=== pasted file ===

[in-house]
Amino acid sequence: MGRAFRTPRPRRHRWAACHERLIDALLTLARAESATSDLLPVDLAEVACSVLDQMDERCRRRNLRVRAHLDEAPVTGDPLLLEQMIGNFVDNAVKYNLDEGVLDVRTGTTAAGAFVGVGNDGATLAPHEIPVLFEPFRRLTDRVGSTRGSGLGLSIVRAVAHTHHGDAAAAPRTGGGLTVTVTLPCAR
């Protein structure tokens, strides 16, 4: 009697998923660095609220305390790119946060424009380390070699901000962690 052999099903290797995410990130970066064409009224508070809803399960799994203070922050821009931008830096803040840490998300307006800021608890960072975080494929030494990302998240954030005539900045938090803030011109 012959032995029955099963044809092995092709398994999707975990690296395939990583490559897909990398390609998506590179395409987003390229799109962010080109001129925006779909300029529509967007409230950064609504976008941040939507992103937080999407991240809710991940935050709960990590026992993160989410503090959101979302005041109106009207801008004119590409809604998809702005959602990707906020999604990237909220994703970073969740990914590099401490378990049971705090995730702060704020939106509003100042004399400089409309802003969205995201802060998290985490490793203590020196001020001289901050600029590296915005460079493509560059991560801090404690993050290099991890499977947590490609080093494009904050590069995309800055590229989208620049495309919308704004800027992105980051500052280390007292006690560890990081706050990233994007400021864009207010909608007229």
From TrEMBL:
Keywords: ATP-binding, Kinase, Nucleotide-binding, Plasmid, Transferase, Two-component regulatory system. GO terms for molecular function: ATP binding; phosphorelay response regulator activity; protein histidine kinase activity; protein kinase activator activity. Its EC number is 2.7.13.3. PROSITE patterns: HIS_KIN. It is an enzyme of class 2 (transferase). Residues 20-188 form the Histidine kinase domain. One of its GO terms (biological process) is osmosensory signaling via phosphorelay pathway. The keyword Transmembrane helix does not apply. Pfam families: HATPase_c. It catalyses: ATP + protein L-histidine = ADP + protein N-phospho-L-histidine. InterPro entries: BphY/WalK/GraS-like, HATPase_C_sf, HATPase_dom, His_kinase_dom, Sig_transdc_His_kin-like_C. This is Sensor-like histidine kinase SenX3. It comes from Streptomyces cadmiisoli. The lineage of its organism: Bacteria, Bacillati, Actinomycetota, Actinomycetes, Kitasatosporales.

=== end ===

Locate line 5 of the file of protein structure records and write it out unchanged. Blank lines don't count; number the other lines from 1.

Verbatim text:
Keywords: ATP-binding, Kinase, Nucleotide-binding, Plasmid, Transferase, Two-component regulatory system. GO terms for molecular function: ATP binding; phosphorelay response regulator activity; protein histidine kinase activity; protein kinase activator activity. Its EC number is 2.7.13.3. PROSITE patterns: HIS_KIN. It is an enzyme of class 2 (transferase). Residues 20-188 form the Histidine kinase domain. One of its GO terms (biological process) is osmosensory signaling via phosphorelay pathway. The keyword Transmembrane helix does not apply. Pfam families: HATPase_c. It catalyses: ATP + protein L-histidine = ADP + protein N-phospho-L-histidine. InterPro entries: BphY/WalK/GraS-like, HATPase_C_sf, HATPase_dom, His_kinase_dom, Sig_transdc_His_kin-like_C. This is Sensor-like histidine kinase SenX3. It comes from Streptomyces cadmiisoli. The lineage of its organism: Bacteria, Bacillati, Actinomycetota, Actinomycetes, Kitasatosporales.